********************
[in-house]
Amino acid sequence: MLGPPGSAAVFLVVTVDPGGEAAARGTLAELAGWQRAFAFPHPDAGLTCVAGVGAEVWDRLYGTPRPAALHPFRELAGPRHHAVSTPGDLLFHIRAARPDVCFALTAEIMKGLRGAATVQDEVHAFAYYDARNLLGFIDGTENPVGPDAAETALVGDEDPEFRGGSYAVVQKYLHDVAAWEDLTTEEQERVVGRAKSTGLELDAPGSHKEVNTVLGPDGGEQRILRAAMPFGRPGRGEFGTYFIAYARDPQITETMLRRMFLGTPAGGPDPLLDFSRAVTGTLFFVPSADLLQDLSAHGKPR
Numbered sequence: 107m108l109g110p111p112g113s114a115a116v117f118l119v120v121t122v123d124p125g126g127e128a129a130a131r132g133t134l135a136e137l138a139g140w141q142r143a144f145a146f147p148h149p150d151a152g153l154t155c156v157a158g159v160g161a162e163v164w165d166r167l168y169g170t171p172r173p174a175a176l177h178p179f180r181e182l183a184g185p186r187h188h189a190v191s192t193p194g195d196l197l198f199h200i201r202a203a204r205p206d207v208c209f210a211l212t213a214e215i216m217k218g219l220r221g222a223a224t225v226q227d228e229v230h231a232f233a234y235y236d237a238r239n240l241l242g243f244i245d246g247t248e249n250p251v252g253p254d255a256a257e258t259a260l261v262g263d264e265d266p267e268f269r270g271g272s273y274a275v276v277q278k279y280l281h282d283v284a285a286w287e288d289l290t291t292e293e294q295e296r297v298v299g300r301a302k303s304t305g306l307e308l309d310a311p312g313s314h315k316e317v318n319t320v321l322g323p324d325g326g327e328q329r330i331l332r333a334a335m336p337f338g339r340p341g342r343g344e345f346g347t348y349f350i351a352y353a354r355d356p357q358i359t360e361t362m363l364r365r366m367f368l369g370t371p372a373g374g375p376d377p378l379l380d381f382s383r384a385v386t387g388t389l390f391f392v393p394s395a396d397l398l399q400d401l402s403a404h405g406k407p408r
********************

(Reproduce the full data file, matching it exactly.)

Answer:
[in-house]
Amino acid sequence: MLGPPGSAAVFLVVTVDPGGEAAARGTLAELAGWQRAFAFPHPDAGLTCVAGVGAEVWDRLYGTPRPAALHPFRELAGPRHHAVSTPGDLLFHIRAARPDVCFALTAEIMKGLRGAATVQDEVHAFAYYDARNLLGFIDGTENPVGPDAAETALVGDEDPEFRGGSYAVVQKYLHDVAAWEDLTTEEQERVVGRAKSTGLELDAPGSHKEVNTVLGPDGGEQRILRAAMPFGRPGRGEFGTYFIAYARDPQITETMLRRMFLGTPAGGPDPLLDFSRAVTGTLFFVPSADLLQDLSAHGKPR
Numbered sequence: 107m108l109g110p111p112g113s114a115a116v117f118l119v120v121t122v123d124p125g126g127e128a129a130a131r132g133t134l135a136e137l138a139g140w141q142r143a144f145a146f147p148h149p150d151a152g153l154t155c156v157a158g159v160g161a162e163v164w165d166r167l168y169g170t171p172r173p174a175a176l177h178p179f180r181e182l183a184g185p186r187h188h189a190v191s192t193p194g195d196l197l198f199h200i201r202a203a204r205p206d207v208c209f210a211l212t213a214e215i216m217k218g219l220r221g222a223a224t225v226q227d228e229v230h231a232f233a234y235y236d237a238r239n240l241l242g243f244i245d246g247t248e249n250p251v252g253p254d255a256a257e258t259a260l261v262g263d264e265d266p267e268f269r270g271g272s273y274a275v276v277q278k279y280l281h282d283v284a285a286w287e288d289l290t291t292e293e294q295e296r297v298v299g300r301a302k303s304t305g306l307e308l309d310a311p312g313s314h315k316e317v318n319t320v321l322g323p324d325g326g327e328q329r330i331l332r333a334a335m336p337f338g339r340p341g342r343g344e345f346g347t348y349f350i351a352y353a354r355d356p357q358i359t360e361t362m363l364r365r366m367f368l369g370t371p372a373g374g375p376d377p378l379l380d381f382s383r384a385v386t387g388t389l390f391f392v393p394s395a396d397l398l399q400d401l402s403a404h405g406k407p408r